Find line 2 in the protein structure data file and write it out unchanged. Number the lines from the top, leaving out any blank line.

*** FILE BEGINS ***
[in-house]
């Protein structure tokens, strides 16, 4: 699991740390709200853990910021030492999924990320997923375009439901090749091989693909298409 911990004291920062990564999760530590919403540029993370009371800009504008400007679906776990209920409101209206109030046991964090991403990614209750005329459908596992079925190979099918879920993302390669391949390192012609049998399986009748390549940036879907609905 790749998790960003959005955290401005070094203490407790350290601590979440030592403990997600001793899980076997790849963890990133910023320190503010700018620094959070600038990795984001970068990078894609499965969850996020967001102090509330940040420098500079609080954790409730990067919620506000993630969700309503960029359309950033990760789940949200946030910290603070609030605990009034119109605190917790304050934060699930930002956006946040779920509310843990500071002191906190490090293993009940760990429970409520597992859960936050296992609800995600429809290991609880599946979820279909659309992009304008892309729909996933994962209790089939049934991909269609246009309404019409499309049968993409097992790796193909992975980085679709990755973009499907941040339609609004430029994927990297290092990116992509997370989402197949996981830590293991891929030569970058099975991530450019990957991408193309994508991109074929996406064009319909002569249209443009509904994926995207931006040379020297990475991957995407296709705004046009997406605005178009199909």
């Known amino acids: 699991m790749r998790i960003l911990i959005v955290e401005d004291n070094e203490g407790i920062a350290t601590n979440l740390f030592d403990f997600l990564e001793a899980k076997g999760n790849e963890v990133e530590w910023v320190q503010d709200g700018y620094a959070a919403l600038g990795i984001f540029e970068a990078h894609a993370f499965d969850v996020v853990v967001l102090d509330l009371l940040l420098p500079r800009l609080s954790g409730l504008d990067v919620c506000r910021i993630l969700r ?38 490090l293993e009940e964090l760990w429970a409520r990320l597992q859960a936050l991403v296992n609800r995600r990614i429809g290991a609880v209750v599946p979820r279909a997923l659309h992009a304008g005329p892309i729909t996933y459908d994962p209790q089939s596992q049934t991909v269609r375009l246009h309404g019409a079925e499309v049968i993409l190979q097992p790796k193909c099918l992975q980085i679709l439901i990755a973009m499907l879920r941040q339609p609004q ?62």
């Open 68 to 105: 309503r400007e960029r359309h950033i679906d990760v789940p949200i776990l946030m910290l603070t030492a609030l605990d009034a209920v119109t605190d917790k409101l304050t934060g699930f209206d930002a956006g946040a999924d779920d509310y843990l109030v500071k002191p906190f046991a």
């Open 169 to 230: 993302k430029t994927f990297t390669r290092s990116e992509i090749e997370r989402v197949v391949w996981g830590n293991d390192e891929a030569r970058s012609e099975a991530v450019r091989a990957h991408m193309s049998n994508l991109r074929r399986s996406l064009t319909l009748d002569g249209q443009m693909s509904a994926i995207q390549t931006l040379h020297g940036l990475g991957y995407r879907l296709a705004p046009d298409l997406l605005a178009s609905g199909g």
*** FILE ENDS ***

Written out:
């Protein structure tokens, strides 16, 4: 699991740390709200853990910021030492999924990320997923375009439901090749091989693909298409 911990004291920062990564999760530590919403540029993370009371800009504008400007679906776990209920409101209206109030046991964090991403990614209750005329459908596992079925190979099918879920993302390669391949390192012609049998399986009748390549940036879907609905 790749998790960003959005955290401005070094203490407790350290601590979440030592403990997600001793899980076997790849963890990133910023320190503010700018620094959070600038990795984001970068990078894609499965969850996020967001102090509330940040420098500079609080954790409730990067919620506000993630969700309503960029359309950033990760789940949200946030910290603070609030605990009034119109605190917790304050934060699930930002956006946040779920509310843990500071002191906190490090293993009940760990429970409520597992859960936050296992609800995600429809290991609880599946979820279909659309992009304008892309729909996933994962209790089939049934991909269609246009309404019409499309049968993409097992790796193909992975980085679709990755973009499907941040339609609004430029994927990297290092990116992509997370989402197949996981830590293991891929030569970058099975991530450019990957991408193309994508991109074929996406064009319909002569249209443009509904994926995207931006040379020297990475991957995407296709705004046009997406605005178009199909």